Penn State finishes its non-conference schedule at 3-0. Are they a contender for the College Football Playoff?

SB Nation (Jason Kirk)

Bowl: Orange Bowl

Location: Miami, FL

Date: Dec. 30, 2017

Opponent: Florida State

ESPN (David Hale/Kyle Bonagura)

Bowl: Orange Bowl

Location: Miami, FL

Date: Dec. 30, 2017

Opponent: Florida State

CBS Sports (Jerry Palm)

Bowl: Cotton Bowl

Location: Dallas, TX

Date: Dec. 29, 2017

Opponent: Oklahoma State

Sports Illustrated

Bowl: Rose Bowl (College Football Playoff Semifinal)

Location: Pasadena, CA

Date: Jan. 1, 2018

Opponent: Clemson

College Football News

Bowl: Outback Bowl

Location: Tampa, FL

Date: Jan. 1, 2018

Opponent: Mississippi State

SB Nation and ESPN are in agreement that Penn State will play Florida State in an Orange Bowl rematch. It’s a little surprising to see Kirk back down from his CFP prediction of last week, but the Nittany Lions have the conference season to prove him wrong.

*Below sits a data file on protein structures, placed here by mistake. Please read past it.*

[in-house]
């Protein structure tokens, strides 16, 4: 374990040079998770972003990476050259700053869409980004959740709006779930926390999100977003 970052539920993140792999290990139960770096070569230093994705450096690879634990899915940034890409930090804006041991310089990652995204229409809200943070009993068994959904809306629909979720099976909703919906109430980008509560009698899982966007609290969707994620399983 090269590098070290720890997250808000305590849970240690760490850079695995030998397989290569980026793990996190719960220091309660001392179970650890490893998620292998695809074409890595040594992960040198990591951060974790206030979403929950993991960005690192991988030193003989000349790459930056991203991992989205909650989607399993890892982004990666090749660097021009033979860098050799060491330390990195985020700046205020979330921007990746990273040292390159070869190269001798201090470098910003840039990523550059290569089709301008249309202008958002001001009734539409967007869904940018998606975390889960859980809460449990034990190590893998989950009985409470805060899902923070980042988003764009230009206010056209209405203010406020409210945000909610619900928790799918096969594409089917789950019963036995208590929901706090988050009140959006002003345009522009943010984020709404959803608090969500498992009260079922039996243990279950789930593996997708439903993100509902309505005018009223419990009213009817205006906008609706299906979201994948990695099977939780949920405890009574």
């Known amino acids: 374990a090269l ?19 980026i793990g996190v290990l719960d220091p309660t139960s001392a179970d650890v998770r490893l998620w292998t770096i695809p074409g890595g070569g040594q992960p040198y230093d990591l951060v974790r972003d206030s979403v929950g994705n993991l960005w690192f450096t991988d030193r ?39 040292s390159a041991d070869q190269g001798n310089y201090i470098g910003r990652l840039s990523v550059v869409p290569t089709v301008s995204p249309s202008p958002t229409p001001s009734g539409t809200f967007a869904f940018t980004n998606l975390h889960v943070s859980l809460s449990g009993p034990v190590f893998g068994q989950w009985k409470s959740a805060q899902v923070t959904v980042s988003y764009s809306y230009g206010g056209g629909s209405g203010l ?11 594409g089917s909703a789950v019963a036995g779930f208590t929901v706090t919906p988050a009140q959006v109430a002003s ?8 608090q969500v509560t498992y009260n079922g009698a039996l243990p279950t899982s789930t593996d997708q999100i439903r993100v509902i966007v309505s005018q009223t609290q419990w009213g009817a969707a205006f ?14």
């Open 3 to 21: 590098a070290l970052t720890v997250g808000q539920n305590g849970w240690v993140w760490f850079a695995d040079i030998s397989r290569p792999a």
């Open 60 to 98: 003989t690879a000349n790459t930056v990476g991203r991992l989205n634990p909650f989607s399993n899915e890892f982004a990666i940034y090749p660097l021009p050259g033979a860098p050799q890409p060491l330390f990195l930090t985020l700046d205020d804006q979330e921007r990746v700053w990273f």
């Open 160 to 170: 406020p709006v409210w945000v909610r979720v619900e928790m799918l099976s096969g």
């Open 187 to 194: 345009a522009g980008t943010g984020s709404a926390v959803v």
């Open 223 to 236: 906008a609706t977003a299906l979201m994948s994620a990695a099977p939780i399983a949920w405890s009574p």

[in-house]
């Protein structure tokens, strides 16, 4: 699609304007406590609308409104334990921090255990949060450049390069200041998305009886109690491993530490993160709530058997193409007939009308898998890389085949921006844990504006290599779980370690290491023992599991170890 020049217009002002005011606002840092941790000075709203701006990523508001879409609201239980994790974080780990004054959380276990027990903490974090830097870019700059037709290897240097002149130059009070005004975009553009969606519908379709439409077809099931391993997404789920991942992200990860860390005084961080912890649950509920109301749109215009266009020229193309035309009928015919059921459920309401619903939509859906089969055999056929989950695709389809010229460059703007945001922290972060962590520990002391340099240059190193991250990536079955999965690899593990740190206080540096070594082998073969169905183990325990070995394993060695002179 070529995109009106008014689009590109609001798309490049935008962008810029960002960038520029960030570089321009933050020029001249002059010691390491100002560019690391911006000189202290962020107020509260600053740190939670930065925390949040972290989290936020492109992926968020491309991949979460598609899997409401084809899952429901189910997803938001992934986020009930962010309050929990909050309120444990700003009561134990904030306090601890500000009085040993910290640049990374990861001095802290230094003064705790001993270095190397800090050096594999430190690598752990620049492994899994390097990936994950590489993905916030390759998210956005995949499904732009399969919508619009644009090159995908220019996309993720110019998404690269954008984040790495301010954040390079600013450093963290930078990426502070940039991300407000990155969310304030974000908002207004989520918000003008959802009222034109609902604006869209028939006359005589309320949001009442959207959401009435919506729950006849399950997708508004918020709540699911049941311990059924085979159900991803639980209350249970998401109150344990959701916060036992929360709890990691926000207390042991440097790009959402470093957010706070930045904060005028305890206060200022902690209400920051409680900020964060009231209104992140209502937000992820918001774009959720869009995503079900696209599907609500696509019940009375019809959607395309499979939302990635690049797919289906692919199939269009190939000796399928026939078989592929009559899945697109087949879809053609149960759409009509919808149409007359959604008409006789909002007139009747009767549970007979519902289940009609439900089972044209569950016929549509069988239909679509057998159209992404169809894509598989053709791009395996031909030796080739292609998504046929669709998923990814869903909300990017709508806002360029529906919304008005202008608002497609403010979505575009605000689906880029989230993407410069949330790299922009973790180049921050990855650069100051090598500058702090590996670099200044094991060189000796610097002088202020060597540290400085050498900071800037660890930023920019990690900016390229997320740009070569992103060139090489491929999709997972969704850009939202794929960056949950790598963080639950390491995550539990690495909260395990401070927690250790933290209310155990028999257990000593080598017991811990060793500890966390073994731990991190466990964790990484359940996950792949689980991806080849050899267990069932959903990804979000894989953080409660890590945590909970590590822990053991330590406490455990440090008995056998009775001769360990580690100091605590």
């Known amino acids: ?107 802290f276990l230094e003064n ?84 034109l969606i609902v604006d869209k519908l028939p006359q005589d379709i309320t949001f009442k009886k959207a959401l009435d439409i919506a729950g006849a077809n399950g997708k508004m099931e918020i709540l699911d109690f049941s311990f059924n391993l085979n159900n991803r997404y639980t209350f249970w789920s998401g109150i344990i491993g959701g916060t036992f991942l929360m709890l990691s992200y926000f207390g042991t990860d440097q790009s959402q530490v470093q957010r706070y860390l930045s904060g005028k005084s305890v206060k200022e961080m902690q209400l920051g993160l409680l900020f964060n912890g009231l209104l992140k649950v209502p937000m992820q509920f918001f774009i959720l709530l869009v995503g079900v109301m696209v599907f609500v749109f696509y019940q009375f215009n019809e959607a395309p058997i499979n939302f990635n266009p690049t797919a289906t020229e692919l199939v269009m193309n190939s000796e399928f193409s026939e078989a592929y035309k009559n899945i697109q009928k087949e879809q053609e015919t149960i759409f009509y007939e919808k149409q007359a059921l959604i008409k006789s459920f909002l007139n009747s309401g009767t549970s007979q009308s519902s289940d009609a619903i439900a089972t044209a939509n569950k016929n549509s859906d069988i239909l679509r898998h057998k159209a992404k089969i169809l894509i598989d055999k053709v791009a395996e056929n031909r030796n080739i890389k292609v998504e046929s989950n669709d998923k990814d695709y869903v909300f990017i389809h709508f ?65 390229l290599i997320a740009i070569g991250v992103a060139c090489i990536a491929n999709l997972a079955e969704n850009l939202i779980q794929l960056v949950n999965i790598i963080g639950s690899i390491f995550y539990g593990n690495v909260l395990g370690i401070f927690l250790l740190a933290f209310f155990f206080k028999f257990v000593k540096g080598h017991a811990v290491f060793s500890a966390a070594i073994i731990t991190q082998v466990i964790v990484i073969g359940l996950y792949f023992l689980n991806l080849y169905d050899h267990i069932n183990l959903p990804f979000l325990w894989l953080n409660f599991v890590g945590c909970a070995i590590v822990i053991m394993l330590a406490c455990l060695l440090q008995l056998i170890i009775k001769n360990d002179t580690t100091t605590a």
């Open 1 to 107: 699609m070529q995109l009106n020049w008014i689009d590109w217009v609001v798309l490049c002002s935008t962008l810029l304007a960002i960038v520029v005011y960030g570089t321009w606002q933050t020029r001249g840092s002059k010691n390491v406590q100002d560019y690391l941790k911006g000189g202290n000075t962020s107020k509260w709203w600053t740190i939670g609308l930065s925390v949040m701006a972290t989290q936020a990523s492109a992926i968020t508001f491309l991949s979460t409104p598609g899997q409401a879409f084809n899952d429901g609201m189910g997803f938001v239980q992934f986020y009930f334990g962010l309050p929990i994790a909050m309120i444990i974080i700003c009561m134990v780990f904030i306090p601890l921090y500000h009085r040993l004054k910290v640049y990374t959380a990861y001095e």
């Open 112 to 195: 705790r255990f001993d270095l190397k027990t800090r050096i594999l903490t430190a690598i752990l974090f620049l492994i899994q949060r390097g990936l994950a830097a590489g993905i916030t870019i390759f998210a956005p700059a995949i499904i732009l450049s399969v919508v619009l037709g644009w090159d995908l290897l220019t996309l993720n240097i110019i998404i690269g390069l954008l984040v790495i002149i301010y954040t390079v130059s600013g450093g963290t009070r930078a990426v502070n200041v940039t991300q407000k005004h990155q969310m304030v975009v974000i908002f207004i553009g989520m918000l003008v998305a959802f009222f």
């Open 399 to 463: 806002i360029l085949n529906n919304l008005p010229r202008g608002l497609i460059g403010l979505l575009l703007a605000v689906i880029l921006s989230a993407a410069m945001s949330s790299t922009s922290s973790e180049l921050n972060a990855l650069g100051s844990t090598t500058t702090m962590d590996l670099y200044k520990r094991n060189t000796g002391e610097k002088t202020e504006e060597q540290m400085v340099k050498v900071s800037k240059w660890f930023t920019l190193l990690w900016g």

Record in Rose Bowl: 1-3 (Three losses to USC, and a win over Oregon)

Record in Orange Bowl: 4-1 (Wins against Kansas, LSU, Missouri, and Florida State, and a loss in the 1985 national championship versus Oklahoma)

Record in Cotton Bowl: 2-0-1 (Wins against Texas and Baylor, and a tie against SMU)

Record in Outback Bowl: 3-1 (Wins against Kentucky, Auburn, and Tennessee, and the loss against Florida)

*The Sporting News has Penn State in the CFP (Sugar Bowl) against Alabama

What We’ve Learned About Penn State Heading Into Big Ten Play